Dr. Burton pointed to an editorial written by the North American Spine Society that took exception to the two studies, noting a “disconnect” between them and earlier studies (Spine J 2010;10:238-240). The editorial alleged that patient selection was not well controlled, the populations were enriched for patients with less severe pain, the sham procedures were equivalent to a facet block and the outcomes reporting was unduly complicated. Dr. Burton elaborated on these complaints, noting that screening 1,813 patients to enroll only 131 in one of the studies amounted to selection bias. He added that the trials were underpowered and that high crossovers from the sham procedure to vertebroplasty, and not the reverse, implied efficacy for the procedure.

“If these studies had a positive result, they would have been rejected for these reasons,” he maintained.

Not All Positive Studies Are Sponsored

Dr. Burton then described several trials that showed a benefit of vertebroplasty. VERTOS II, conducted in 202 patients with acute VCF and significant pain, found that vertebroplasty offered immediate and sustained pain relief and improvements in quality of life and disability at an acceptable cost (Lancet 2010;376:1085-1092).

“This study was sponsored by The Netherlands Organisation for Health Research and Development, the Dutch equivalent of our National Institutes of Health, which disputes the notion that all positive trials are industry-sponsored,” he added.

Two balloon kyphoplasty studies also showed results in favor of vertebroplasty. The FREE (Fracture Reduction Evaluation) trial found that balloon kyphoplasty provided greater improvements at one month than nonsurgical management, with results sustained through 12 months and improvements observed in six secondary outcomes (Lancet 2009;373:1016-1024).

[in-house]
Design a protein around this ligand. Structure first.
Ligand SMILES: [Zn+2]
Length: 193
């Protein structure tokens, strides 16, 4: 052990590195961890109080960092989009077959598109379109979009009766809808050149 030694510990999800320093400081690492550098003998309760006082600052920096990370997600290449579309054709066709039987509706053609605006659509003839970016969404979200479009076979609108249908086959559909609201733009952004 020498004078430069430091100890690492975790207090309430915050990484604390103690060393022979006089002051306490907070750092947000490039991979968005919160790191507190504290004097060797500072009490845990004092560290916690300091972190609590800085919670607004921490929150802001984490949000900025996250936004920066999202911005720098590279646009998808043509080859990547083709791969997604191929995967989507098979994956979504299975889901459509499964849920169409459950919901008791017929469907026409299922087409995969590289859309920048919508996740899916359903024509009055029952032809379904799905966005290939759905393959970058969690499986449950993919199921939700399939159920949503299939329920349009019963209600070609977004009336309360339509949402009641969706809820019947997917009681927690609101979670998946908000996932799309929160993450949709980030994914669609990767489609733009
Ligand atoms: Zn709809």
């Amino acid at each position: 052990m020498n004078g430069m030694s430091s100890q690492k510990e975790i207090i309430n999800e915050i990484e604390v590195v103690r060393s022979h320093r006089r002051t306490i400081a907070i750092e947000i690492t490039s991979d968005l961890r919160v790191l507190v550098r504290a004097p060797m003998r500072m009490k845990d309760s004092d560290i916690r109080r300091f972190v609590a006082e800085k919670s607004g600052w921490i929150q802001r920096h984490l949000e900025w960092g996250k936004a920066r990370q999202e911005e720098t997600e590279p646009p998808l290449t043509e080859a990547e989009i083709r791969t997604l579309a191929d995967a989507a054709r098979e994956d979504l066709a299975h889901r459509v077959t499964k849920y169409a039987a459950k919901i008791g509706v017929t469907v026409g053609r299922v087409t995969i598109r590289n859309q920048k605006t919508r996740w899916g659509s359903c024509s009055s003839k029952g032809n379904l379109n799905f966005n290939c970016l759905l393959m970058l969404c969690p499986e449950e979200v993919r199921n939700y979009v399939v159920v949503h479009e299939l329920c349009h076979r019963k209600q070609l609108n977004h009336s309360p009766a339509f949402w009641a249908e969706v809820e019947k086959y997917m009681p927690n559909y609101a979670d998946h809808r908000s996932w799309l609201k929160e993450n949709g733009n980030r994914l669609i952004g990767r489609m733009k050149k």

“This was a large prospective study with rigorous criteria and lots of controls,” Dr. Burton noted.

A 2011 study found that balloon kyphoplasty was superior to nonsurgical management (Lancet Oncol 2011;12:225-235). At one month, patients randomized to the kyphoplasty group (n=65) experienced rapid back relief, with an 8.3-point improvement in back function as measured by the Roland-Morris Disability Questionnaire versus a mean change of 0.1 points in the control group (n=52). Additionally, 75% of patients in the kyphoplasty group reached the meaningful self-care threshold (≥70 score) compared with 39% in the control group. The most common adverse events within the first month were back pain (four of 70 in the kyphoplasty group and five of 64 in the control group) and symptomatic vertebral fracture (two in the kyphoplasty group and three in the control group).

“For painful VCFs in patients with cancer, balloon kyphoplasty is an effective treatment that rapidly reduces pain and improves function,” Dr. Burton maintained.

He further noted that minor complications are rare, major complications are very rare and the majority of complications are transient and self-limited. “Also, there are downsides to conservative care,” he added.

Statistical Improvement Only

Dr. de Leon-Casasola, however, questioned whether the differences seen in the positive trials were actually clinically meaningful. In VERTOS II, the difference in pain as measured by a visual analog scale was 2.6 at one month and 2.0 at one year, and analgesic use was reduced at one day, one week and one month, but thereafter the difference lost statistical significance. Furthermore, function was not improved, opioid consumption was similar and comprehensive medical management was not well defined.

“This was a statistical improvement only. Vertebral augmentation does not do anything after one month of the procedure, and the costs are significantly higher,” Dr. de Leon-Casasola concluded. “I have had patients who became pain-free after these procedures and have brought me fruit baskets, but a few months later they are back in my office.”